In my own eyes is a project in which aboriginal youths are given a voice by enabling them to tell their stories through photography. These youths are mentored and taught by aboriginal photographers on how to use photography equipment so that they can use this media as a new way of storytelling and be part of the social changes. Through their eyes, viewers can see and learn about challenges aboriginal youths face.
This site also led me to the National Film Board of Canada, which has a number of other videos that addresses some of the important issues present in aboriginal communities using media.
The Toronto’s ImagineNATIVE Film + Media Arts Festival aims to eliminate stereotypical notions of Indigenous peoples by encouraging First Nations youths to use different media to tell their stories. I first stumbled upon this article which spoke about the various topics this project addresses, such as aboriginal identity, education, language and racism. The organization is visiting small communities in Canada and offering workshops to the youths on how to use tablets to record and edit their film. This CBC Yukon video explains the project. What I liked about it was that non-aboriginal students are also involved in the project because they feel it’s important to address the inequality problems.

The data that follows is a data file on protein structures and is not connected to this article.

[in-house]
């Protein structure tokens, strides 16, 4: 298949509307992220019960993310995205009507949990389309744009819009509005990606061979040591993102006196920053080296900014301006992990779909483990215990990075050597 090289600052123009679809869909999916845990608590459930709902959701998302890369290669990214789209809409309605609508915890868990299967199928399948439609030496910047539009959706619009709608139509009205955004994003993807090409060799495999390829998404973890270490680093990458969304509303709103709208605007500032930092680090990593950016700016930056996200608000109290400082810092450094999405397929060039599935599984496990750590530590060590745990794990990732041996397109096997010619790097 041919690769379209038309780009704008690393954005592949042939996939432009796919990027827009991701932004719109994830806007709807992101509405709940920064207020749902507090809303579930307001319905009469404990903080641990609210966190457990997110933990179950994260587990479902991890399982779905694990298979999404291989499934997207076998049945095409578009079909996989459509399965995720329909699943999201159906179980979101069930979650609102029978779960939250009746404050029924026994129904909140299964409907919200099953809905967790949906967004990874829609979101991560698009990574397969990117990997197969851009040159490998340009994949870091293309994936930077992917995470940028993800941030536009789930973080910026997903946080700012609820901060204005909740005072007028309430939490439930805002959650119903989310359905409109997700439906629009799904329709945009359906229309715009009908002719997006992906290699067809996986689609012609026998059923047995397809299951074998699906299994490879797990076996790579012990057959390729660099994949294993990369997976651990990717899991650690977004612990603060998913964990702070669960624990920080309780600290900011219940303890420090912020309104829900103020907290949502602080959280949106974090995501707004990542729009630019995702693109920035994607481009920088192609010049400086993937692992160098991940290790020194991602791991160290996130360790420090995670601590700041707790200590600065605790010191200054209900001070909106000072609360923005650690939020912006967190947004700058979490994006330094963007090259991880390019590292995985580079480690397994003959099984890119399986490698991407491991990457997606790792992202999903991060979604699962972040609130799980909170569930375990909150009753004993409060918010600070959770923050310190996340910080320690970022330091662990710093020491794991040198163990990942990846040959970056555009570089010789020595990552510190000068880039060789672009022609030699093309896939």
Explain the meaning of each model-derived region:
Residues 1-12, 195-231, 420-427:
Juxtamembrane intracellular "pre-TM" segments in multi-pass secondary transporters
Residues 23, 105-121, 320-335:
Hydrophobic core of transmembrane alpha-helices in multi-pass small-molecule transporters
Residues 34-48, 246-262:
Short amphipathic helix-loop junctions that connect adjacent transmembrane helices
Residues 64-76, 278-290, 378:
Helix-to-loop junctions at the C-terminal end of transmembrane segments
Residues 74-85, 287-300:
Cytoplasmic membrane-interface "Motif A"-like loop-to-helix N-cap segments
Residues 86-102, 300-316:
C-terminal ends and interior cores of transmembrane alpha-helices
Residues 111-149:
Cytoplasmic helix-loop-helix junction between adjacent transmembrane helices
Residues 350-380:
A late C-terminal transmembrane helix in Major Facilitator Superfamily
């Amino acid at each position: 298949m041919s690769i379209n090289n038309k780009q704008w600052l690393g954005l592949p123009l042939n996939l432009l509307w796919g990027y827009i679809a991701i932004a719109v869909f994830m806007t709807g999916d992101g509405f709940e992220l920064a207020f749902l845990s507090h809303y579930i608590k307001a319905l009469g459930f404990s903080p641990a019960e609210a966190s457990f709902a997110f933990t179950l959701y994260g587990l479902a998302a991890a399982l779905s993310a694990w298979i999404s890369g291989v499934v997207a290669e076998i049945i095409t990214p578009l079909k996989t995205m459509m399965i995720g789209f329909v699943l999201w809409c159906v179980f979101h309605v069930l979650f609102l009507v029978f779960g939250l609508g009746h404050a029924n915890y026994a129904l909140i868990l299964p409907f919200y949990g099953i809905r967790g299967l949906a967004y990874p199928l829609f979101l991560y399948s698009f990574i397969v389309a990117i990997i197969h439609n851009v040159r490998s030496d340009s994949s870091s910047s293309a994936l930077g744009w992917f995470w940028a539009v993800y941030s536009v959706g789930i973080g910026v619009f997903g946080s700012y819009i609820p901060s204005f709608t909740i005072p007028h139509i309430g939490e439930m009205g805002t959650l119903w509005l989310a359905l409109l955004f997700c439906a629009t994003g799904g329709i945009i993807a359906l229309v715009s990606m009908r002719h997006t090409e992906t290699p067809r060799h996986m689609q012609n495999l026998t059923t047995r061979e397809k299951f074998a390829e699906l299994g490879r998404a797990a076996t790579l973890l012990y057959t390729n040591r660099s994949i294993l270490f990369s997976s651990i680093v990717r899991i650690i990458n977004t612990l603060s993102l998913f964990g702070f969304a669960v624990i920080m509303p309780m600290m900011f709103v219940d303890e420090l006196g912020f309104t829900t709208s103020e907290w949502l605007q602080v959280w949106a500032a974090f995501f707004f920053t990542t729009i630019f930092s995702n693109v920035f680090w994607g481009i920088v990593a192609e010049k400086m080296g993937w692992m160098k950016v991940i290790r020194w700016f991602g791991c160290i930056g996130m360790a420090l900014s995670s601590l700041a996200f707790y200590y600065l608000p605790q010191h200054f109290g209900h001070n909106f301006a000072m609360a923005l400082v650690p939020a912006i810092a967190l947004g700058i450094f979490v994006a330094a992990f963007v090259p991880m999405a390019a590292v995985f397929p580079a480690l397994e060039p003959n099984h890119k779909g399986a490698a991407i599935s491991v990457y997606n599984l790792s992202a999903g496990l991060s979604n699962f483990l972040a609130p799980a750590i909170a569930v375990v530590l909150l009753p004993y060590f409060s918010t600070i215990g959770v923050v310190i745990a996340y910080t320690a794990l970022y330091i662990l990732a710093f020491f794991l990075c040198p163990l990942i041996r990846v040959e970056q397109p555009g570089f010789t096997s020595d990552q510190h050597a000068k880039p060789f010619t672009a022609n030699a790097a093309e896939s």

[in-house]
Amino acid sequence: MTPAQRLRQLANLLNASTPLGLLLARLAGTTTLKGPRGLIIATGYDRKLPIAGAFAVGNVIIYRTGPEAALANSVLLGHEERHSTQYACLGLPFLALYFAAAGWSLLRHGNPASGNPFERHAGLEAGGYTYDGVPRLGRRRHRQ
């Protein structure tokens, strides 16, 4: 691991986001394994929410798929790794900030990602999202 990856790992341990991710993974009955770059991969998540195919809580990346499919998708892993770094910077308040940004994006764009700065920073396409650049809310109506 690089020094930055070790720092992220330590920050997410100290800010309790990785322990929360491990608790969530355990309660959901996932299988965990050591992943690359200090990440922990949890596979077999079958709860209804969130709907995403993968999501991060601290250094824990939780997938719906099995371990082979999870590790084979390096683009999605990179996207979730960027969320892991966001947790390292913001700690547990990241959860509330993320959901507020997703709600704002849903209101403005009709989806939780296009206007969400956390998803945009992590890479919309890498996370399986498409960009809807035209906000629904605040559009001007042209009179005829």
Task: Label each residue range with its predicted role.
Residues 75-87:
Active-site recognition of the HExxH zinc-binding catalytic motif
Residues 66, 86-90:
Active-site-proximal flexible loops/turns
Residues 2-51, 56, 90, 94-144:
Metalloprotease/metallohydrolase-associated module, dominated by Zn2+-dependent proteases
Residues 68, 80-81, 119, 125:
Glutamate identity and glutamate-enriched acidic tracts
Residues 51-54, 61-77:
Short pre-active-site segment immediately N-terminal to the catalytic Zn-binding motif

Wanting to learn more about it, I found the organization’s website. I found this site a bit difficult to navigate in searching for video entries, and was only able to view one. However, the site contains information on previous festival, the organization, and its history.
This resource can be useful for someone looking to find ways, using media and technology, to help indigenous peoples express what they are feeling and educate the world about their culture.
The video “Fraser River Journey” touched on the importance of giving youths the opportunities to be able to understand who they are so that they could be stronger and become leaders in their community. The Aboriginal Leadership Programs, created by the Me to We, aim to do just that.